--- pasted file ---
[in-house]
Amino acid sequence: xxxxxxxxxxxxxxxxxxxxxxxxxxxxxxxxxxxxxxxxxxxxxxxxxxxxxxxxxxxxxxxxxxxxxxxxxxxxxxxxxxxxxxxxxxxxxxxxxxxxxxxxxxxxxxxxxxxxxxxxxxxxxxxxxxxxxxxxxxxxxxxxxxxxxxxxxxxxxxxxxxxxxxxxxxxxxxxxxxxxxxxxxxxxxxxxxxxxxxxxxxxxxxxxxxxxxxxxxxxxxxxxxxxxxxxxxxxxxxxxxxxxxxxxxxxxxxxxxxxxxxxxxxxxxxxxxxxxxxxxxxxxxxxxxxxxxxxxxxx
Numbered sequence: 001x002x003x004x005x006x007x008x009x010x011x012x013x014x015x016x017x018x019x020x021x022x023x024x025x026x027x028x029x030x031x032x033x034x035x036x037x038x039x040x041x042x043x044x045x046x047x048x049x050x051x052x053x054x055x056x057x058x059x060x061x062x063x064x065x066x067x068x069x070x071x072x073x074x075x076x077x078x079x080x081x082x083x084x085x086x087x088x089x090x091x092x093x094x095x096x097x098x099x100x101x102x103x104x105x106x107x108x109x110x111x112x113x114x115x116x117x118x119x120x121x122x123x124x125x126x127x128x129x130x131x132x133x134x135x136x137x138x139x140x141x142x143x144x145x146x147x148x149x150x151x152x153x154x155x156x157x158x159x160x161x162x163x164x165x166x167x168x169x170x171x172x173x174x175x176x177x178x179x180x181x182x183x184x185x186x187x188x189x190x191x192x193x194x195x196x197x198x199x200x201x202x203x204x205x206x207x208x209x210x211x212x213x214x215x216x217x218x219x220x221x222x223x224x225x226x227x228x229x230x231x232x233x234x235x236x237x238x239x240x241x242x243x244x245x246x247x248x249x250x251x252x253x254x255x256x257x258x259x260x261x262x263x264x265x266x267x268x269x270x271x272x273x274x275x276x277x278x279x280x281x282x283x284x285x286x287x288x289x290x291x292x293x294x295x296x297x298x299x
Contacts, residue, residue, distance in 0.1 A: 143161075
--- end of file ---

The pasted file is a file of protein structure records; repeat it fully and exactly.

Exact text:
[in-house]
Amino acid sequence: xxxxxxxxxxxxxxxxxxxxxxxxxxxxxxxxxxxxxxxxxxxxxxxxxxxxxxxxxxxxxxxxxxxxxxxxxxxxxxxxxxxxxxxxxxxxxxxxxxxxxxxxxxxxxxxxxxxxxxxxxxxxxxxxxxxxxxxxxxxxxxxxxxxxxxxxxxxxxxxxxxxxxxxxxxxxxxxxxxxxxxxxxxxxxxxxxxxxxxxxxxxxxxxxxxxxxxxxxxxxxxxxxxxxxxxxxxxxxxxxxxxxxxxxxxxxxxxxxxxxxxxxxxxxxxxxxxxxxxxxxxxxxxxxxxxxxxxxxxx
Numbered sequence: 001x002x003x004x005x006x007x008x009x010x011x012x013x014x015x016x017x018x019x020x021x022x023x024x025x026x027x028x029x030x031x032x033x034x035x036x037x038x039x040x041x042x043x044x045x046x047x048x049x050x051x052x053x054x055x056x057x058x059x060x061x062x063x064x065x066x067x068x069x070x071x072x073x074x075x076x077x078x079x080x081x082x083x084x085x086x087x088x089x090x091x092x093x094x095x096x097x098x099x100x101x102x103x104x105x106x107x108x109x110x111x112x113x114x115x116x117x118x119x120x121x122x123x124x125x126x127x128x129x130x131x132x133x134x135x136x137x138x139x140x141x142x143x144x145x146x147x148x149x150x151x152x153x154x155x156x157x158x159x160x161x162x163x164x165x166x167x168x169x170x171x172x173x174x175x176x177x178x179x180x181x182x183x184x185x186x187x188x189x190x191x192x193x194x195x196x197x198x199x200x201x202x203x204x205x206x207x208x209x210x211x212x213x214x215x216x217x218x219x220x221x222x223x224x225x226x227x228x229x230x231x232x233x234x235x236x237x238x239x240x241x242x243x244x245x246x247x248x249x250x251x252x253x254x255x256x257x258x259x260x261x262x263x264x265x266x267x268x269x270x271x272x273x274x275x276x277x278x279x280x281x282x283x284x285x286x287x288x289x290x291x292x293x294x295x296x297x298x299x
Contacts, residue, residue, distance in 0.1 A: 143161075